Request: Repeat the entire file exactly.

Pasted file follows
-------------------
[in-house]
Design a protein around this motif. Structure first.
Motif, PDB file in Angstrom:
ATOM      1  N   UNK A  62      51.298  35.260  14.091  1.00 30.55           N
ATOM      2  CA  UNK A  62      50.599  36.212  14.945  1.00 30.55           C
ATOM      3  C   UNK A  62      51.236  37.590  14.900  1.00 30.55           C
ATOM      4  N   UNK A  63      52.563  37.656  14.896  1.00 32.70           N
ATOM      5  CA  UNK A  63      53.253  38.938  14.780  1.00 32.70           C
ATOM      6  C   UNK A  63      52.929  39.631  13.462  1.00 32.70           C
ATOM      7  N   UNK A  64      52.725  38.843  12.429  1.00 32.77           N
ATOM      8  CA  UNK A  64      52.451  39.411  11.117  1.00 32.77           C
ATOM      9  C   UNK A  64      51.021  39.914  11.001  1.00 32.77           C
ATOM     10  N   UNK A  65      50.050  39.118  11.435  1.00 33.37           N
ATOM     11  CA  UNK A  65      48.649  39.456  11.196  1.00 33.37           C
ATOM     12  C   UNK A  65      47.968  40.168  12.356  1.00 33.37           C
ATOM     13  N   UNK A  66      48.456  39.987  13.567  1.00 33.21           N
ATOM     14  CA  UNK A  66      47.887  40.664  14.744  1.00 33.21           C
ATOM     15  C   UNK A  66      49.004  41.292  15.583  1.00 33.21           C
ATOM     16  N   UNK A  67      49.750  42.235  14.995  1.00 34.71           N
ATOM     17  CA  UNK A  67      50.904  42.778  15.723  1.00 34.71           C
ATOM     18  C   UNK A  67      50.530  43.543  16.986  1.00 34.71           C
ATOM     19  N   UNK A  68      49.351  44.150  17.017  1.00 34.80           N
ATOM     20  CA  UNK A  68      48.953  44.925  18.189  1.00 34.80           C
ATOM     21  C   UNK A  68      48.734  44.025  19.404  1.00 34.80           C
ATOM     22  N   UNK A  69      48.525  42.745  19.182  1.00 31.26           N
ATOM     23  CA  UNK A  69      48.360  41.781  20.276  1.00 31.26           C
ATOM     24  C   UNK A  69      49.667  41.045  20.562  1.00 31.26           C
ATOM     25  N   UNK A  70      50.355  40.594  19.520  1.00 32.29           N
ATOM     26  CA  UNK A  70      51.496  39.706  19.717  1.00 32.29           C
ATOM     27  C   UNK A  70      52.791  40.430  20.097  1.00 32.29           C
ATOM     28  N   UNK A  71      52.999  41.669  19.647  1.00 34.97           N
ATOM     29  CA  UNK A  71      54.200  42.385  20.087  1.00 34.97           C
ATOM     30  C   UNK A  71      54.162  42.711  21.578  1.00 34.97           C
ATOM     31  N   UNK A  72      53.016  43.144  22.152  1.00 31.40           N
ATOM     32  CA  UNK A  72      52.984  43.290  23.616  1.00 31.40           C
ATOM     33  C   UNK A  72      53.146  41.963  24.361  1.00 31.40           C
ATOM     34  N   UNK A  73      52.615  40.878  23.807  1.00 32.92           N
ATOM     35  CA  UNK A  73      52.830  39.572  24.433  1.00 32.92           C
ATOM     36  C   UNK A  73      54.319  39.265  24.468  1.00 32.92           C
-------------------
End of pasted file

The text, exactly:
[in-house]
Design a protein around this motif. Structure first.
Motif, PDB file in Angstrom:
ATOM      1  N   UNK A  62      51.298  35.260  14.091  1.00 30.55           N
ATOM      2  CA  UNK A  62      50.599  36.212  14.945  1.00 30.55           C
ATOM      3  C   UNK A  62      51.236  37.590  14.900  1.00 30.55           C
ATOM      4  N   UNK A  63      52.563  37.656  14.896  1.00 32.70           N
ATOM      5  CA  UNK A  63      53.253  38.938  14.780  1.00 32.70           C
ATOM      6  C   UNK A  63      52.929  39.631  13.462  1.00 32.70           C
ATOM      7  N   UNK A  64      52.725  38.843  12.429  1.00 32.77           N
ATOM      8  CA  UNK A  64      52.451  39.411  11.117  1.00 32.77           C
ATOM      9  C   UNK A  64      51.021  39.914  11.001  1.00 32.77           C
ATOM     10  N   UNK A  65      50.050  39.118  11.435  1.00 33.37           N
ATOM     11  CA  UNK A  65      48.649  39.456  11.196  1.00 33.37           C
ATOM     12  C   UNK A  65      47.968  40.168  12.356  1.00 33.37           C
ATOM     13  N   UNK A  66      48.456  39.987  13.567  1.00 33.21           N
ATOM     14  CA  UNK A  66      47.887  40.664  14.744  1.00 33.21           C
ATOM     15  C   UNK A  66      49.004  41.292  15.583  1.00 33.21           C
ATOM     16  N   UNK A  67      49.750  42.235  14.995  1.00 34.71           N
ATOM     17  CA  UNK A  67      50.904  42.778  15.723  1.00 34.71           C
ATOM     18  C   UNK A  67      50.530  43.543  16.986  1.00 34.71           C
ATOM     19  N   UNK A  68      49.351  44.150  17.017  1.00 34.80           N
ATOM     20  CA  UNK A  68      48.953  44.925  18.189  1.00 34.80           C
ATOM     21  C   UNK A  68      48.734  44.025  19.404  1.00 34.80           C
ATOM     22  N   UNK A  69      48.525  42.745  19.182  1.00 31.26           N
ATOM     23  CA  UNK A  69      48.360  41.781  20.276  1.00 31.26           C
ATOM     24  C   UNK A  69      49.667  41.045  20.562  1.00 31.26           C
ATOM     25  N   UNK A  70      50.355  40.594  19.520  1.00 32.29           N
ATOM     26  CA  UNK A  70      51.496  39.706  19.717  1.00 32.29           C
ATOM     27  C   UNK A  70      52.791  40.430  20.097  1.00 32.29           C
ATOM     28  N   UNK A  71      52.999  41.669  19.647  1.00 34.97           N
ATOM     29  CA  UNK A  71      54.200  42.385  20.087  1.00 34.97           C
ATOM     30  C   UNK A  71      54.162  42.711  21.578  1.00 34.97           C
ATOM     31  N   UNK A  72      53.016  43.144  22.152  1.00 31.40           N
ATOM     32  CA  UNK A  72      52.984  43.290  23.616  1.00 31.40           C
ATOM     33  C   UNK A  72      53.146  41.963  24.361  1.00 31.40           C
ATOM     34  N   UNK A  73      52.615  40.878  23.807  1.00 32.92           N
ATOM     35  CA  UNK A  73      52.830  39.572  24.433  1.00 32.92           C
ATOM     36  C   UNK A  73      54.319  39.265  24.468  1.00 32.92           C